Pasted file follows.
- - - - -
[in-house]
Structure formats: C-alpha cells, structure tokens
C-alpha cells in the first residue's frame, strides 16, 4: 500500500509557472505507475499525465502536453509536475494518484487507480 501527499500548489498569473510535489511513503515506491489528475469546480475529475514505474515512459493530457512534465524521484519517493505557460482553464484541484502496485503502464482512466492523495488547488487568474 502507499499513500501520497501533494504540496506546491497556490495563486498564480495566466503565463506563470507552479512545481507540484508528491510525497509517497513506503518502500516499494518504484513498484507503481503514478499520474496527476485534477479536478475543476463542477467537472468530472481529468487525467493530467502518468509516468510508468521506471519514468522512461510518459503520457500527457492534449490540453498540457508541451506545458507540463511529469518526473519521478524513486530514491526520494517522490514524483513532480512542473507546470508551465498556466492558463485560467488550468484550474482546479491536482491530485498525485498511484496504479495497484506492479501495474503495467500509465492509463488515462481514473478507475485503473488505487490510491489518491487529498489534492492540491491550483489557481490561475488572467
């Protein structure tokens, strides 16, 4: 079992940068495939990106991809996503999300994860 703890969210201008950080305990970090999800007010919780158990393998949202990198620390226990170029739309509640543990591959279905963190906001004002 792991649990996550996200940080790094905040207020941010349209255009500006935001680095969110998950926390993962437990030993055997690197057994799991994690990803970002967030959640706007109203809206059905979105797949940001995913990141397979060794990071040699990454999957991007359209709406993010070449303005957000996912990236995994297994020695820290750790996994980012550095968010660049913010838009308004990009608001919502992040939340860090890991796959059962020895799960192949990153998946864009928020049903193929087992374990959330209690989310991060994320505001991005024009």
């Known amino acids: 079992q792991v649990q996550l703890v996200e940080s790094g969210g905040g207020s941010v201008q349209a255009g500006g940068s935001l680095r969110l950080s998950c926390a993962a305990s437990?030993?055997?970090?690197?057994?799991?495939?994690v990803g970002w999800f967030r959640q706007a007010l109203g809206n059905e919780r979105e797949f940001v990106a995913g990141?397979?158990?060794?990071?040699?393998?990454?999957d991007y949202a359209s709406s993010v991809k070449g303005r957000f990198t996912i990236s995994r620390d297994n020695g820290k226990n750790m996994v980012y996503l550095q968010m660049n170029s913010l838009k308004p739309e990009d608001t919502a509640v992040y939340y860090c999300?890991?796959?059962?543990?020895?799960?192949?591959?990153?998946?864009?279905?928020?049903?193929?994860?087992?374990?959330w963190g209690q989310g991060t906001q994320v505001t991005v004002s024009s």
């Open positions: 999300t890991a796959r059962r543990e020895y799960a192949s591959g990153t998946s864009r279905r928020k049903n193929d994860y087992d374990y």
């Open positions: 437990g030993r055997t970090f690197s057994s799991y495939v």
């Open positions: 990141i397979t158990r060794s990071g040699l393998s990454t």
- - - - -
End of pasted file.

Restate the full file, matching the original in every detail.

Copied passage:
[in-house]
Structure formats: C-alpha cells, structure tokens
C-alpha cells in the first residue's frame, strides 16, 4: 500500500509557472505507475499525465502536453509536475494518484487507480 501527499500548489498569473510535489511513503515506491489528475469546480475529475514505474515512459493530457512534465524521484519517493505557460482553464484541484502496485503502464482512466492523495488547488487568474 502507499499513500501520497501533494504540496506546491497556490495563486498564480495566466503565463506563470507552479512545481507540484508528491510525497509517497513506503518502500516499494518504484513498484507503481503514478499520474496527476485534477479536478475543476463542477467537472468530472481529468487525467493530467502518468509516468510508468521506471519514468522512461510518459503520457500527457492534449490540453498540457508541451506545458507540463511529469518526473519521478524513486530514491526520494517522490514524483513532480512542473507546470508551465498556466492558463485560467488550468484550474482546479491536482491530485498525485498511484496504479495497484506492479501495474503495467500509465492509463488515462481514473478507475485503473488505487490510491489518491487529498489534492492540491491550483489557481490561475488572467
């Protein structure tokens, strides 16, 4: 079992940068495939990106991809996503999300994860 703890969210201008950080305990970090999800007010919780158990393998949202990198620390226990170029739309509640543990591959279905963190906001004002 792991649990996550996200940080790094905040207020941010349209255009500006935001680095969110998950926390993962437990030993055997690197057994799991994690990803970002967030959640706007109203809206059905979105797949940001995913990141397979060794990071040699990454999957991007359209709406993010070449303005957000996912990236995994297994020695820290750790996994980012550095968010660049913010838009308004990009608001919502992040939340860090890991796959059962020895799960192949990153998946864009928020049903193929087992374990959330209690989310991060994320505001991005024009």
């Known amino acids: 079992q792991v649990q996550l703890v996200e940080s790094g969210g905040g207020s941010v201008q349209a255009g500006g940068s935001l680095r969110l950080s998950c926390a993962a305990s437990?030993?055997?970090?690197?057994?799991?495939?994690v990803g970002w999800f967030r959640q706007a007010l109203g809206n059905e919780r979105e797949f940001v990106a995913g990141?397979?158990?060794?990071?040699?393998?990454?999957d991007y949202a359209s709406s993010v991809k070449g303005r957000f990198t996912i990236s995994r620390d297994n020695g820290k226990n750790m996994v980012y996503l550095q968010m660049n170029s913010l838009k308004p739309e990009d608001t919502a509640v992040y939340y860090c999300?890991?796959?059962?543990?020895?799960?192949?591959?990153?998946?864009?279905?928020?049903?193929?994860?087992?374990?959330w963190g209690q989310g991060t906001q994320v505001t991005v004002s024009s």
């Open positions: 999300t890991a796959r059962r543990e020895y799960a192949s591959g990153t998946s864009r279905r928020k049903n193929d994860y087992d374990y």
């Open positions: 437990g030993r055997t970090f690197s057994s799991y495939v």
């Open positions: 990141i397979t158990r060794s990071g040699l393998s990454t």